Sgor Eilde Beag - 956m
Binnein Mor South Top - 1062m
Binnein Mor - 1130m
Binnein Beag - 943m
Sgurr Eilde Mor - 1010m

Thursday 2nd February 2017

Weather/Conditions: Pretty horrible in an unthreatning way. Drizzly and wet all day, the cloud down on the hills. But never dangerous, or too cold either. I did get pretty wet though...
Distance/Ascent/Time: 19.7km / 1850m / 5h 35m
Accompanying: Alone

Pretty interesting (not for the views) but ultimately rather gratifying day. I decided to do these on a whim, shelving a more ambitious plan (Sgurr na Ciche) with a forecast that had become less optimistic as the day went on.

I was in Kinlochleven within an hour or so of getting up. On the drive, the rain clouds were down on the hills, and I could feel my desire for these hills waver. This happened a couple times, and I'd unconciously talk myself into an easier plan, before snapping out, and saying 'no - this is what you are doing today'.

I parked up in Kinlochmore, pulled my stuff together and got walking. Despite the plethora of paths leading up behind Kinlochmore, the way to Loch Eilde is well signposted. I'd no issue making my way out of the birch woods and onto the correct hill path above.

Binnein Mor and Binnein Beag

Kinlochleven sits out on it's own little limb - it's sometimes easy to forget where you really are in the scheme of things as the hills close in tight all around. But pretty quickly, a belter of a view was opening up over Loch Leven and the hills were gaining stature and context. I got higher still. I crossed the main Mamore Lodge/Loch Eilde track then contuined upward to Sgor Eilde Beag, where the cloud was pressed down on the hills. I didn't expect to get a view today.

Sgor Eilde Beag is a Munro Top I haven't climbed yet, so my first plan was to score straight up the flank of this (forgetting there was a stalking track just around the corner), and use it to gain Binnein Mor. The views disapperared, the drizzle continued, and I just put the head down and walked. If anything, being high on the hills was an easier mental game than being low down, or in the car on my way. I much preferred being in the middle of the action, rather than aimlessly debating whether to/whether not to/should I/shouldn't I? Sgor Eilde Beag passed happily and I began the amenable walk to Binnein Mor.

I feel I know my map reading; and these hills, well enough. Often I could just have a 5 or 10 second glance at the map, and derive all my terrain information and all my compass bearings just by looking once. I headed over the south top, then headed direct north.

The top of Binnein Mor had a few inches of snow; slushy, and thawing rapidly. In spite of the time of year, the day was freakishly warm. There was no build-up of snow conditions, there was no frozen terrain to be found. I have honestly been more uncomfortable and cold in May, June and July. But while these warm conditions persist, I'm quite happy not to carry winter kit: no axe, crampons, just wear summer trainers instead.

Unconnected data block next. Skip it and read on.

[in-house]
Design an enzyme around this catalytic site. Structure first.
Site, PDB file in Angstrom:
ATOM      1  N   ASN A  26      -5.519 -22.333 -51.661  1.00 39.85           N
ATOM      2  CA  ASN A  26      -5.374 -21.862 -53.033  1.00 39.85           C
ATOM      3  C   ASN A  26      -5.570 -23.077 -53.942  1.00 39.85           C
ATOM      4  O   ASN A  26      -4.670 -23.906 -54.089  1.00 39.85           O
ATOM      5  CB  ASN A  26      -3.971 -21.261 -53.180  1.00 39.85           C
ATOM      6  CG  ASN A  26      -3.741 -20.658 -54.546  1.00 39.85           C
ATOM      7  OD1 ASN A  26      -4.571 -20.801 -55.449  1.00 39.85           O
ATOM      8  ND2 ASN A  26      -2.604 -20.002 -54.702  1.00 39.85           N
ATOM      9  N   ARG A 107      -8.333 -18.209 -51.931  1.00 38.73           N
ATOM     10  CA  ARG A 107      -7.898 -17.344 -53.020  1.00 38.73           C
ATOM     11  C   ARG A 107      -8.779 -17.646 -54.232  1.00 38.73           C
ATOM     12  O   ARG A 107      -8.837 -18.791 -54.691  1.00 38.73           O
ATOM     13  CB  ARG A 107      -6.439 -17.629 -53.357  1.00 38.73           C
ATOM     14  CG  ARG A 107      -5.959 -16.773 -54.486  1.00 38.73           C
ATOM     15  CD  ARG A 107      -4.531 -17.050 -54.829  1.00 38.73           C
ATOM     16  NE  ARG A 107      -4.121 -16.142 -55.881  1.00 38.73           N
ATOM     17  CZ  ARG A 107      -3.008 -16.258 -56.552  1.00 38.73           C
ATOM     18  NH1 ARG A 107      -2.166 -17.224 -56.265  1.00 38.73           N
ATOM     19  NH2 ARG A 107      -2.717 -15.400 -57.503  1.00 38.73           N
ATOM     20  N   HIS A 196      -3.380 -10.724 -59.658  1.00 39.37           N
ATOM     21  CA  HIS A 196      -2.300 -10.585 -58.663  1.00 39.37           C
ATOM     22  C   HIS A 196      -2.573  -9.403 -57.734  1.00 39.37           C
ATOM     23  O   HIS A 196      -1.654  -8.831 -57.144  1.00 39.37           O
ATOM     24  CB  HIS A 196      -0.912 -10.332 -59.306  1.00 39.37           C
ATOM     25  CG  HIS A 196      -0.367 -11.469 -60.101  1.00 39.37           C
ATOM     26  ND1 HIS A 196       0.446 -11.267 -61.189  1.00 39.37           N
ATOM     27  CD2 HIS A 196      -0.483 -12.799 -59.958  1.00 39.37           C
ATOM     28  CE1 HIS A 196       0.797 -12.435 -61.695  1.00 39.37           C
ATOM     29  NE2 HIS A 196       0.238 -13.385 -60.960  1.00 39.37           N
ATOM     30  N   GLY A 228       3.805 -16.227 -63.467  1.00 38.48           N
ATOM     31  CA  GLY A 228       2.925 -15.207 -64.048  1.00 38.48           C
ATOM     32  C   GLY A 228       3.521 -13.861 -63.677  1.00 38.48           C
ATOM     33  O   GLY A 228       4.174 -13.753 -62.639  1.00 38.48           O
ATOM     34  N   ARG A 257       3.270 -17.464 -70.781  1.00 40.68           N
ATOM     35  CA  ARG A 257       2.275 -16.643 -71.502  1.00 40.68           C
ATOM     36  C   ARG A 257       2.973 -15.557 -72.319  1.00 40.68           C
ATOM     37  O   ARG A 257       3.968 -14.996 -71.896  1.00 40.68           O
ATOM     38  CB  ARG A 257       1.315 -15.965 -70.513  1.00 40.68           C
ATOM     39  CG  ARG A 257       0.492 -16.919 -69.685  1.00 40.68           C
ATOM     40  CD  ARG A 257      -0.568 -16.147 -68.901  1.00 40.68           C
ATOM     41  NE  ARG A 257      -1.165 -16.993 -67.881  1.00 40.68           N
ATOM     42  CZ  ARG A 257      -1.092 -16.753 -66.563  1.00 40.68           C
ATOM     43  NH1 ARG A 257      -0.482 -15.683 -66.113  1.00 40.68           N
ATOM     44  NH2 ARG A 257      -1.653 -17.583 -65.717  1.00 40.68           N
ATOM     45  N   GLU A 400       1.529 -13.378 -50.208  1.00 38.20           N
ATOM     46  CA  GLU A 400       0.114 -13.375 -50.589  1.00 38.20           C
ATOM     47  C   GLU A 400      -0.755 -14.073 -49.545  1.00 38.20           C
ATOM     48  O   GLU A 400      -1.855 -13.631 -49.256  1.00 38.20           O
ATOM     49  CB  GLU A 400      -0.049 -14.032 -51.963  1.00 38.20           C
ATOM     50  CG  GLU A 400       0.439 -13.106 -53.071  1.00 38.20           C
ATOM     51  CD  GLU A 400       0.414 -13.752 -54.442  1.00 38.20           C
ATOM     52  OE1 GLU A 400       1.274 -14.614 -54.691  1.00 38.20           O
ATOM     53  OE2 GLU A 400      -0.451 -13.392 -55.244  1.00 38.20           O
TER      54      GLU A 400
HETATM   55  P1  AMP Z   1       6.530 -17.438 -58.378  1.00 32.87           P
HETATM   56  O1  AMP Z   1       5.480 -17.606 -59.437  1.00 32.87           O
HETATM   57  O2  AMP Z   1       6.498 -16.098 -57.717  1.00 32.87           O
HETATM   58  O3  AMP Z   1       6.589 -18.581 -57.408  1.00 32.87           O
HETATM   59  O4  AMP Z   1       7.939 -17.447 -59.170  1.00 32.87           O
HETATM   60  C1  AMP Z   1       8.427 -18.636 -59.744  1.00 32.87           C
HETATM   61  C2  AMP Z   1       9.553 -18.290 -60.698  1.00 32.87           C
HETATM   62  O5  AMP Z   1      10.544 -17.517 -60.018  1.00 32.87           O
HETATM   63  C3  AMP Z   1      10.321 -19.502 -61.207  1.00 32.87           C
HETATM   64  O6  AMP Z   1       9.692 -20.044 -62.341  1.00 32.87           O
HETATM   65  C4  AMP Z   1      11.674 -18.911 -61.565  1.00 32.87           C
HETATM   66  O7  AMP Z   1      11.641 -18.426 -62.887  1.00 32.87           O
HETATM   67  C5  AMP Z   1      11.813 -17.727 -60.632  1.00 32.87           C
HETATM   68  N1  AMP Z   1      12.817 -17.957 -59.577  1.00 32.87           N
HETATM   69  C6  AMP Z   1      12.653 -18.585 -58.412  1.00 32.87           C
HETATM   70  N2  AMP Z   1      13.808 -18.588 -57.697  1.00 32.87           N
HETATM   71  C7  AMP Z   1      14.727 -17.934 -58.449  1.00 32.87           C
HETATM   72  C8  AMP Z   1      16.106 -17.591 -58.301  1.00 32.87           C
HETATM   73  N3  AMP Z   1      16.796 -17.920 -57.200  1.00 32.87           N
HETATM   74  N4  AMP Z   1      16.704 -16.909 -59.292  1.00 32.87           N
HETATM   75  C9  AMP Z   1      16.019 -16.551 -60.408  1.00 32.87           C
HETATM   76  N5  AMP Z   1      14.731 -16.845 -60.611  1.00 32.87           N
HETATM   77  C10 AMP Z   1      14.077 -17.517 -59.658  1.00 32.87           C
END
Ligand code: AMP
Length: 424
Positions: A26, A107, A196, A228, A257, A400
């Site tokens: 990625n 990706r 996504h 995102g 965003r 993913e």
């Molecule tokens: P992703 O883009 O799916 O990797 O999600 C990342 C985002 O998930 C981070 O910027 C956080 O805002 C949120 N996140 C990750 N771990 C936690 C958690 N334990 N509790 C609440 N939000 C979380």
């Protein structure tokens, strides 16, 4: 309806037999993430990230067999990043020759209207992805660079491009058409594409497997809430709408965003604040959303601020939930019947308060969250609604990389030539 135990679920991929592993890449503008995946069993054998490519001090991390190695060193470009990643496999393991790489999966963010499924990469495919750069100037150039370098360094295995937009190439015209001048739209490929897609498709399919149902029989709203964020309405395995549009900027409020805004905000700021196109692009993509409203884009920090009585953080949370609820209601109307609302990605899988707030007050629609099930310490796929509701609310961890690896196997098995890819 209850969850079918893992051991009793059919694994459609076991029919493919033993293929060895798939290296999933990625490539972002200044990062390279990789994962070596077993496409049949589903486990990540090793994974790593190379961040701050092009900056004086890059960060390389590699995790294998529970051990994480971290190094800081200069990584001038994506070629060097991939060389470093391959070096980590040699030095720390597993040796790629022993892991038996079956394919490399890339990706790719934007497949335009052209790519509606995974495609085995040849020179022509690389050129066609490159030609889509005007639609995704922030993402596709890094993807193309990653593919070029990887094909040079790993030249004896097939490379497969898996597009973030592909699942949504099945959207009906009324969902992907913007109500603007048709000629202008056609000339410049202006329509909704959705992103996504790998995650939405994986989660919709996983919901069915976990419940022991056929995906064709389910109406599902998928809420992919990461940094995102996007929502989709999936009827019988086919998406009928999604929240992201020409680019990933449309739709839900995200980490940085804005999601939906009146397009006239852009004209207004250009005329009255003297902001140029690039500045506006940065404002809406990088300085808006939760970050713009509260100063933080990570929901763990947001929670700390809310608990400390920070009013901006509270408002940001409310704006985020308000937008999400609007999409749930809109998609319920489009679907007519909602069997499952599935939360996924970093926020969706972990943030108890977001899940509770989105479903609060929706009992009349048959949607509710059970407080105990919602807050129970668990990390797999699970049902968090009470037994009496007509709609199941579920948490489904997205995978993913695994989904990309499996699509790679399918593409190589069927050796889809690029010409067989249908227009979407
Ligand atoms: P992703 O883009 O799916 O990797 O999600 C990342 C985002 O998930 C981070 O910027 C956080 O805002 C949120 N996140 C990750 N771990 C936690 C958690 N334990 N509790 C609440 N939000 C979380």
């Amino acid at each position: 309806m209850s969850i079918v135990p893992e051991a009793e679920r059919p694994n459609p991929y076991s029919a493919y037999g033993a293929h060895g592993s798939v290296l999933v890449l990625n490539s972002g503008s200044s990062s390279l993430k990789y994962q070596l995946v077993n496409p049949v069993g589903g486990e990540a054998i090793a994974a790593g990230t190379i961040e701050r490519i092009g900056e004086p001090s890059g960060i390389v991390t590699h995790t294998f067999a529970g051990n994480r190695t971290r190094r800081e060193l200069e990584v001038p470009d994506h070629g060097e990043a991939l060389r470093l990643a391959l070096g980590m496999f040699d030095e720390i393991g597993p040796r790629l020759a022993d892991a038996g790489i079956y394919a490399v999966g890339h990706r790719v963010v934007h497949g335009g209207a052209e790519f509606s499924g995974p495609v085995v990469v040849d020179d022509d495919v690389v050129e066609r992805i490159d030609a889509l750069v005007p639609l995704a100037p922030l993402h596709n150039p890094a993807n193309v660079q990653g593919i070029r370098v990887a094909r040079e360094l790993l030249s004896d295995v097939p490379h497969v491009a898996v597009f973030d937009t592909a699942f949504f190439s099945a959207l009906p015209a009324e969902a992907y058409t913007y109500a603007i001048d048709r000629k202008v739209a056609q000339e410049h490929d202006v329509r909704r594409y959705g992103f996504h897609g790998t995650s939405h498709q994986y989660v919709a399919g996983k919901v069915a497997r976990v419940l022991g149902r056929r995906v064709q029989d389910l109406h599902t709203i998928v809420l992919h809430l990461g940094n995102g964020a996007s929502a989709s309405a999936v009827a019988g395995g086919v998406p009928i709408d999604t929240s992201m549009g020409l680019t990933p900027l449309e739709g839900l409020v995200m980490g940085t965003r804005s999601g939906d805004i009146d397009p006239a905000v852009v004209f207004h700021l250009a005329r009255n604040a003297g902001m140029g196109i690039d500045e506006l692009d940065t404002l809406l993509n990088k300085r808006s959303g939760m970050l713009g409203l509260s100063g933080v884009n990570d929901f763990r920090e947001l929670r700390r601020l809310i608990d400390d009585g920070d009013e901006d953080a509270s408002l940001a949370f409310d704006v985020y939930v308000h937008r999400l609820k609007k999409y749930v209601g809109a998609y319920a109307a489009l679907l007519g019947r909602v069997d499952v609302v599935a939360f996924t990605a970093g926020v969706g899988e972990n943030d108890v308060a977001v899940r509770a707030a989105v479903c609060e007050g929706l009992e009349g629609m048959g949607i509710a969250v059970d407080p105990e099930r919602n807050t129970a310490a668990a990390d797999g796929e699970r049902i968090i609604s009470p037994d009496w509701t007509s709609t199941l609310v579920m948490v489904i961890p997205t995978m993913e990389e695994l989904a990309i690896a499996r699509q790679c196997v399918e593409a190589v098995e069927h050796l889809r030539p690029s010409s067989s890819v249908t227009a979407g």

However, it was on the descent of Binnein Mor that I, for a moment, thought about that reality. The ground down the NE spur was steep and grassy. Flat soled trainers have awful purchase, and although I had no serious issues with circumstance, I had a moment of thinking; it's February - and there is nothing in my rucksack if I got over an ankle badly, there is no back-up plan besides a mobile phone. Just as well my footwork is good, then.

In the mist, the ground crossed some odd terrain - the rock strata points direct down the slope, but to reach Binnein Beag, you must cross the flank of Binnein Mor and emerge out at the Binnein Beag lochan. The map came out a couple times, but the mist peeled back at the bealach. Ahead was an impressive view of the Binnein; a brown/grey cone, lashed by wind and curtains of drizzle. It was oddly impressive. I took down more food, and set upon my way.

Binnein Beag was over in a flash really, and I had a fine sense that today's plan would work out just well. If anything, it was starting to feel kind of easy. With one Mamore to go, I traversed around the stalking track to Coire an Lochain, where I met two guys who'd just come off Sgurr Eilde Mor.

Sgurr Eilde Mor and Descent

Sgurr Eilde Mor felt like a formality really, it's ascent was enjoyable in my being dry and entirely shaded from the wind. Emerging on the summit ridge brought the usual drizzle and wind, but shortly I was back in the shelter of the lee slope with just the long walk back to Kinlochleven left.

It had been a pretty anonymous day thus far - I was out list-ticking, making sure my will didn't bend, going for it in the face of rubbish weather. I hadn't seen much beyond some interesting geology, some ptarmigans and a lot of mist. But as appears to be common on my descents, I was overcome by good feeling, legs that moved on autopilot, and a strange trance-like state where disparate thoughts appear to weave themselves into coherent narrative in a way I cannot access at any other time.

Loch Leven appeared in time below; it looked bloody beautiful. The hills shrouded in veils and drizzle and mystery. If this was in Knoydart it would not be out of place, and much celebrated, but Loch Leven is perhaps overlooked a touch because the post-industrial Kinlochleven lies at it's head.

A long, steady descent brought me back to Kinlochleven, slowly down to the birch woods and soon after to the car park where I had a change of clothes and towels to dry off.

There are worse ways to spend a day for sure.

Times (Time relative to 0.00)
(0.00) 10.20am Kinlochmore parking
(1.55) 12.15pm Sgor Eilde Beag
(2.20) 12.40pm Binnein Mor
(3.10) 1.30pm Binnein Beag
(4.17) 2.37pm Sgurr Eilde Mor
(5.35) 3.55pm Kinlochmore parking

Written: 2017-02-02